From Bats to Humans: Understanding the Nipah Virus in Kerala
The recent emergence of the bat-borne Nipah virus in the southern Indian state of Kerala has caused concern as six individuals have already been infected, resulting in two deaths. Efforts to contain the virus have involved testing over 700 people, including healthcare workers, and implementing closures of schools, offices, and public-transport networks.
This outbreak is the fourth to impact Kerala in the last five years, with the most recent occurring in 2021. Although these outbreaks typically affect a relatively small geographic area, they can be highly fatal. Scientists are apprehensive that further person-to-person transmission may make the virus more contagious. Nipah virus is known to have a fatality rate of 40% to 75%, depending on the strain. Rajib Ausraful Islam, a veterinary physician specializing in bat-borne pathogens at the International Centre for Diarrhoeal Disease Research, Bangladesh, states that every outbreak raises concerns as it provides an opportunity for the virus to mutate.
Symptoms of Nipah virus infection include fever, vomiting, respiratory issues, and brain inflammation. Although fruit bats are the primary carriers, it can also infect humans and domestic animals such as pigs. The virus spreads through contact with bodily fluids from infected animals or humans. Currently, there are no approved vaccines or treatments, but research is underway to develop potential candidates.
Historically, the first reported outbreak of Nipah virus occurred over two decades ago among pig farmers in Malaysia. It subsequently spread to Singapore through infected pigs, resulting in almost 300 cases and over 100 deaths. Malaysia has not experienced any further outbreaks, but since 2001, Bangladesh and India have seen periodic flare-ups. In Bangladesh, outbreaks occur almost every year and have been linked to the consumption of fermented date-palm sap contaminated with bat urine. Although it is unclear when and how the virus crossed over from bats to humans in the current Kerala outbreak, investigations are ongoing.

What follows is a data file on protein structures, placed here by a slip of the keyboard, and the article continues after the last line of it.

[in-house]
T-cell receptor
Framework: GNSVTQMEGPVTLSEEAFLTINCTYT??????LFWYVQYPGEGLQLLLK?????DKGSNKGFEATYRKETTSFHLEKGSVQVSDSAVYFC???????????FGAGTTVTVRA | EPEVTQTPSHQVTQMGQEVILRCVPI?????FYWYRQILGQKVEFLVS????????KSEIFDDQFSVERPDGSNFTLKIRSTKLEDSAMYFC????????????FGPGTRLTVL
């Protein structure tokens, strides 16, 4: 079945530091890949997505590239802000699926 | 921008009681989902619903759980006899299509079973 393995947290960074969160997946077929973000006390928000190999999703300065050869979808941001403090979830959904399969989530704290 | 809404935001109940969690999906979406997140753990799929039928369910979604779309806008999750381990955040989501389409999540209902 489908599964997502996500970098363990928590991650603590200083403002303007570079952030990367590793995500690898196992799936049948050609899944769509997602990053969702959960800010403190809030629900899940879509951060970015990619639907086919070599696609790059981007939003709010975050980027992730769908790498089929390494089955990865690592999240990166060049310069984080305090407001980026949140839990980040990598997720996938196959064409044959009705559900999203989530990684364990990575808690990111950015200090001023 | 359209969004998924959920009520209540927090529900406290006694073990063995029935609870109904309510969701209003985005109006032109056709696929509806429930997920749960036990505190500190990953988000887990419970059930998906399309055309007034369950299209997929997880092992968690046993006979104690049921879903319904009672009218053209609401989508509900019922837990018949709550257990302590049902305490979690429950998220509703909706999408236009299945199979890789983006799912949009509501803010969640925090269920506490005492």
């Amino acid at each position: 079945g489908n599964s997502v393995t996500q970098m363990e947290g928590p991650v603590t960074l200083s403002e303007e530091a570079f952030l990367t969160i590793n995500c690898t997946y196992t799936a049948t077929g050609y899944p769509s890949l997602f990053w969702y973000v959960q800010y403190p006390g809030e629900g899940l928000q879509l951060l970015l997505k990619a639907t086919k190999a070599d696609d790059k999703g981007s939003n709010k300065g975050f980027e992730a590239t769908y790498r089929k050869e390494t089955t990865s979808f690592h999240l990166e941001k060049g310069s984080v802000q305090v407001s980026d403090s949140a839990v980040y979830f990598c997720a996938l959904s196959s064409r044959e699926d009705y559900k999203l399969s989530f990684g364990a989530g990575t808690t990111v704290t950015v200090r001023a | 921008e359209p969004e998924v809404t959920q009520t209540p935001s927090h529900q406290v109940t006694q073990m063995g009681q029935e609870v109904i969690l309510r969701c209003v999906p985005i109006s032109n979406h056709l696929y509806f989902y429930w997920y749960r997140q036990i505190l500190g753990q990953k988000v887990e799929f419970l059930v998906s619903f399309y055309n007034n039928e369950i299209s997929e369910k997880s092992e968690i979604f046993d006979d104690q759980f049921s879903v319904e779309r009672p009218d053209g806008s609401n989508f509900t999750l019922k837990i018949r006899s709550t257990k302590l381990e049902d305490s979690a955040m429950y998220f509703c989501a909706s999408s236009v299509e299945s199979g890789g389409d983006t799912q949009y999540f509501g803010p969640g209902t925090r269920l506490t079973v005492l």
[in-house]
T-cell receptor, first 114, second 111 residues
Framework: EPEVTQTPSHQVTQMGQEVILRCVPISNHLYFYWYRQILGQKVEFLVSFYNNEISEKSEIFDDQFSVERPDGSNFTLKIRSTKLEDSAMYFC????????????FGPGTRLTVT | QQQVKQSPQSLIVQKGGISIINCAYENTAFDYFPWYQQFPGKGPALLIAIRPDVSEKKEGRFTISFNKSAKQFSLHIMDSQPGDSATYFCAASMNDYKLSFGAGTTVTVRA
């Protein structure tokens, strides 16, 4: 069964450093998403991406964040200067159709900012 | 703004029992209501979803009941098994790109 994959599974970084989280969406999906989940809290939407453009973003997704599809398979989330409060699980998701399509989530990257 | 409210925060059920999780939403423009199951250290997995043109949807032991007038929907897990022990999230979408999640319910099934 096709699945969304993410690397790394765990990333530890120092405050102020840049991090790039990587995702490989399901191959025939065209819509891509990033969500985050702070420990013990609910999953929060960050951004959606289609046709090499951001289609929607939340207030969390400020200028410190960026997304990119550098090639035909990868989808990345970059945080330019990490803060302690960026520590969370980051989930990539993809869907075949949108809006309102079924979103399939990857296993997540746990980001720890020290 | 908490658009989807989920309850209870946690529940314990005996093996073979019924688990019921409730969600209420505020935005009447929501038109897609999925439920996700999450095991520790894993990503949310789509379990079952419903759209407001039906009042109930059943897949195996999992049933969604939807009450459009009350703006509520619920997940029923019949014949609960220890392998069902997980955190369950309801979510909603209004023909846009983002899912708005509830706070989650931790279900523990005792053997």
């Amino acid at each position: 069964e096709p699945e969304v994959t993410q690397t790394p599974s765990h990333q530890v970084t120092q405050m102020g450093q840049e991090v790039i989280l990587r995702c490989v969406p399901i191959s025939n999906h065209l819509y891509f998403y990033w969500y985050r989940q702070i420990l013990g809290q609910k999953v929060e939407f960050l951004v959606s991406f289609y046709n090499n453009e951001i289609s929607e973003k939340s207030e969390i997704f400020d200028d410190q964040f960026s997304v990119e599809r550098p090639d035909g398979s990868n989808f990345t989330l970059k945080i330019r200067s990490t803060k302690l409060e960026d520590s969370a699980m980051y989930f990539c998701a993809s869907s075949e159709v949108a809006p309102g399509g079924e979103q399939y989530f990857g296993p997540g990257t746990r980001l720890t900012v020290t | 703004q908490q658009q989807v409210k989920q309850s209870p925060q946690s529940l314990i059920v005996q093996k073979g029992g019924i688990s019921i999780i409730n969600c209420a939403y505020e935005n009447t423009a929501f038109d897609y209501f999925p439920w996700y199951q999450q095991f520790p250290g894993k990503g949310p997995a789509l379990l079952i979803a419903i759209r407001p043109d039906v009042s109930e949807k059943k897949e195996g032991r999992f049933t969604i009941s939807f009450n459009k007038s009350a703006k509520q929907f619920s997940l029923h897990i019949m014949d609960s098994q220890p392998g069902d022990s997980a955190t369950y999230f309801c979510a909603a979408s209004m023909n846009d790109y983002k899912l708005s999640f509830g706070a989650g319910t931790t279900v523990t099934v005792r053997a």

Nipah vs. COVID-19
Stephen Luby, an epidemiologist at Stanford University, explains that the strain of Nipah virus circulating in India and Bangladesh differs from the one that caused the Malaysian outbreak. While the Malaysian strain primarily spread from animals to humans, there was minimal transmission between people. Conversely, the strain responsible for the recent Kerala outbreak can transmit from person to person and is significantly more lethal. Danielle Anderson, a virologist at the Royal Melbourne Hospital, reassures that Nipah virus is less likely to spread globally than other animal-borne infections due to its lower person-to-person transmission rate. A study conducted in Bangladesh between 2001 and 2015 found that only about one-third of human infections were passed on to others. Anderson believes that Nipah virus will not have the same global impact as COVID-19.
The high fatality rate of Nipah virus restricts its ability to rapidly spread among populations. Christopher Broder, an expert in emerging infectious diseases, explains that the virus is not inclined to kill all who become infected as it is not in its best interest. The strain currently circulating in Kerala has not undergone significant changes since its emergence in Bangladesh over two decades ago. However, there is a possibility of future outbreaks involving a milder but more contagious strain if the virus mutates. It is also likely that undetected variants are already in circulation.
Preventing Nipah and other bat-borne virus outbreaks relies on improved management of wildlife living close to communities. Andrew Breed, a veterinary epidemiologist, suggests that stress in infected bats can lead to higher shedding of the virus, which increases the risk of transmission to domestic animals and subsequently humans. One approach to prevent future outbreaks is to restore forest areas to provide more habitat for bats, keeping them at a safe distance from humans. Additionally, planting more fruit trees that are appealing to bats but not to humans can help reduce the risk of contaminated food. In this way, it is essential to learn how to coexist safely with bats.